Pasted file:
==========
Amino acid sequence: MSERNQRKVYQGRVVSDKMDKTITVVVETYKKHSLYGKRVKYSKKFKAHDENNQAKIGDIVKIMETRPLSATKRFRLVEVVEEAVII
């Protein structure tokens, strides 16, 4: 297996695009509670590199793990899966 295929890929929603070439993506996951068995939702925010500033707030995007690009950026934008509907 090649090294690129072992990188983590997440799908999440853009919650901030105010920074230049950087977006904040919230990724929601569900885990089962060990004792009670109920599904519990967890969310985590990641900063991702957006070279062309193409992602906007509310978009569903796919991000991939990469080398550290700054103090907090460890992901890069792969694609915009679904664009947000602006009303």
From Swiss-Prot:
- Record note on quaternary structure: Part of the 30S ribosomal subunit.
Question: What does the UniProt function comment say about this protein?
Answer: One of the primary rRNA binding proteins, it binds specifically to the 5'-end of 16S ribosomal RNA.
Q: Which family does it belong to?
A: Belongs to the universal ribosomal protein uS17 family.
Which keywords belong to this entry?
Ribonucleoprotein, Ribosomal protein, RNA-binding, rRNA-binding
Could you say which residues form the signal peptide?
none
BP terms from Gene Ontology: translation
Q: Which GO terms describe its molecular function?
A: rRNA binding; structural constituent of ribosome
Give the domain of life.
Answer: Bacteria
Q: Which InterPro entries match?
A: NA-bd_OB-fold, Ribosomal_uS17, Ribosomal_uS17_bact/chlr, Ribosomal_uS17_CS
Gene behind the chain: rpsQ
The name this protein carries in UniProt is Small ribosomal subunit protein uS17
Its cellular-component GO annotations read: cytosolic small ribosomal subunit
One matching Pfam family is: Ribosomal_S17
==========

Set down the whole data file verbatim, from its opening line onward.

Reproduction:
Amino acid sequence: MSERNQRKVYQGRVVSDKMDKTITVVVETYKKHSLYGKRVKYSKKFKAHDENNQAKIGDIVKIMETRPLSATKRFRLVEVVEEAVII
């Protein structure tokens, strides 16, 4: 297996695009509670590199793990899966 295929890929929603070439993506996951068995939702925010500033707030995007690009950026934008509907 090649090294690129072992990188983590997440799908999440853009919650901030105010920074230049950087977006904040919230990724929601569900885990089962060990004792009670109920599904519990967890969310985590990641900063991702957006070279062309193409992602906007509310978009569903796919991000991939990469080398550290700054103090907090460890992901890069792969694609915009679904664009947000602006009303």
From Swiss-Prot:
- Record note on quaternary structure: Part of the 30S ribosomal subunit.
Question: What does the UniProt function comment say about this protein?
Answer: One of the primary rRNA binding proteins, it binds specifically to the 5'-end of 16S ribosomal RNA.
Q: Which family does it belong to?
A: Belongs to the universal ribosomal protein uS17 family.
Which keywords belong to this entry?
Ribonucleoprotein, Ribosomal protein, RNA-binding, rRNA-binding
Could you say which residues form the signal peptide?
none
BP terms from Gene Ontology: translation
Q: Which GO terms describe its molecular function?
A: rRNA binding; structural constituent of ribosome
Give the domain of life.
Answer: Bacteria
Q: Which InterPro entries match?
A: NA-bd_OB-fold, Ribosomal_uS17, Ribosomal_uS17_bact/chlr, Ribosomal_uS17_CS
Gene behind the chain: rpsQ
The name this protein carries in UniProt is Small ribosomal subunit protein uS17
Its cellular-component GO annotations read: cytosolic small ribosomal subunit
One matching Pfam family is: Ribosomal_S17